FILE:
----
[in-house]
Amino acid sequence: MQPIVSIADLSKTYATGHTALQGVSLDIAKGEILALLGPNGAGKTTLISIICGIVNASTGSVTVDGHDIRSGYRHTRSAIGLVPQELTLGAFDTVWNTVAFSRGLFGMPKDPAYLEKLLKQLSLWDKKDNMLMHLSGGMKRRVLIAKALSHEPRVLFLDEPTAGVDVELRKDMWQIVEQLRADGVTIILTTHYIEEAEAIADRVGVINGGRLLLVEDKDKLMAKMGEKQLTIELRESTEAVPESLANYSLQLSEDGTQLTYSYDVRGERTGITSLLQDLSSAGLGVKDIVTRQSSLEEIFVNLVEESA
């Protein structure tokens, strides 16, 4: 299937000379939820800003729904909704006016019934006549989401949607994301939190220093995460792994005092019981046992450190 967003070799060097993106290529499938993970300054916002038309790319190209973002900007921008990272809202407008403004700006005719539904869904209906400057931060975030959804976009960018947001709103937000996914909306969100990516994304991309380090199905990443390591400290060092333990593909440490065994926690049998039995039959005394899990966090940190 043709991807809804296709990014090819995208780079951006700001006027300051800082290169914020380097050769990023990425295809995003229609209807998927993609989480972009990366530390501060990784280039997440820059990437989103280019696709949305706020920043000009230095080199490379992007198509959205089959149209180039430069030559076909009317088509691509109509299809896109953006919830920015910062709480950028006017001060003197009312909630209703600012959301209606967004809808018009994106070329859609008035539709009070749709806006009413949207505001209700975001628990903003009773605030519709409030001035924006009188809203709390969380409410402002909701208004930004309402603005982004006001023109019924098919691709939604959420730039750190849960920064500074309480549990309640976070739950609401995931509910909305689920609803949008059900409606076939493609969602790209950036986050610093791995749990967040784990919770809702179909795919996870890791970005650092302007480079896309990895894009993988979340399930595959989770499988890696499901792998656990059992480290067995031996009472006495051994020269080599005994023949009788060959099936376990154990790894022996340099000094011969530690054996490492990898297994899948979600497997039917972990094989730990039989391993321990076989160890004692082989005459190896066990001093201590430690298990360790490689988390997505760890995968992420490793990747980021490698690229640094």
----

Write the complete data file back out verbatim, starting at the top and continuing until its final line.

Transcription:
[in-house]
Amino acid sequence: MQPIVSIADLSKTYATGHTALQGVSLDIAKGEILALLGPNGAGKTTLISIICGIVNASTGSVTVDGHDIRSGYRHTRSAIGLVPQELTLGAFDTVWNTVAFSRGLFGMPKDPAYLEKLLKQLSLWDKKDNMLMHLSGGMKRRVLIAKALSHEPRVLFLDEPTAGVDVELRKDMWQIVEQLRADGVTIILTTHYIEEAEAIADRVGVINGGRLLLVEDKDKLMAKMGEKQLTIELRESTEAVPESLANYSLQLSEDGTQLTYSYDVRGERTGITSLLQDLSSAGLGVKDIVTRQSSLEEIFVNLVEESA
């Protein structure tokens, strides 16, 4: 299937000379939820800003729904909704006016019934006549989401949607994301939190220093995460792994005092019981046992450190 967003070799060097993106290529499938993970300054916002038309790319190209973002900007921008990272809202407008403004700006005719539904869904209906400057931060975030959804976009960018947001709103937000996914909306969100990516994304991309380090199905990443390591400290060092333990593909440490065994926690049998039995039959005394899990966090940190 043709991807809804296709990014090819995208780079951006700001006027300051800082290169914020380097050769990023990425295809995003229609209807998927993609989480972009990366530390501060990784280039997440820059990437989103280019696709949305706020920043000009230095080199490379992007198509959205089959149209180039430069030559076909009317088509691509109509299809896109953006919830920015910062709480950028006017001060003197009312909630209703600012959301209606967004809808018009994106070329859609008035539709009070749709806006009413949207505001209700975001628990903003009773605030519709409030001035924006009188809203709390969380409410402002909701208004930004309402603005982004006001023109019924098919691709939604959420730039750190849960920064500074309480549990309640976070739950609401995931509910909305689920609803949008059900409606076939493609969602790209950036986050610093791995749990967040784990919770809702179909795919996870890791970005650092302007480079896309990895894009993988979340399930595959989770499988890696499901792998656990059992480290067995031996009472006495051994020269080599005994023949009788060959099936376990154990790894022996340099000094011969530690054996490492990898297994899948979600497997039917972990094989730990039989391993321990076989160890004692082989005459190896066990001093201590430690298990360790490689988390997505760890995968992420490793990747980021490698690229640094």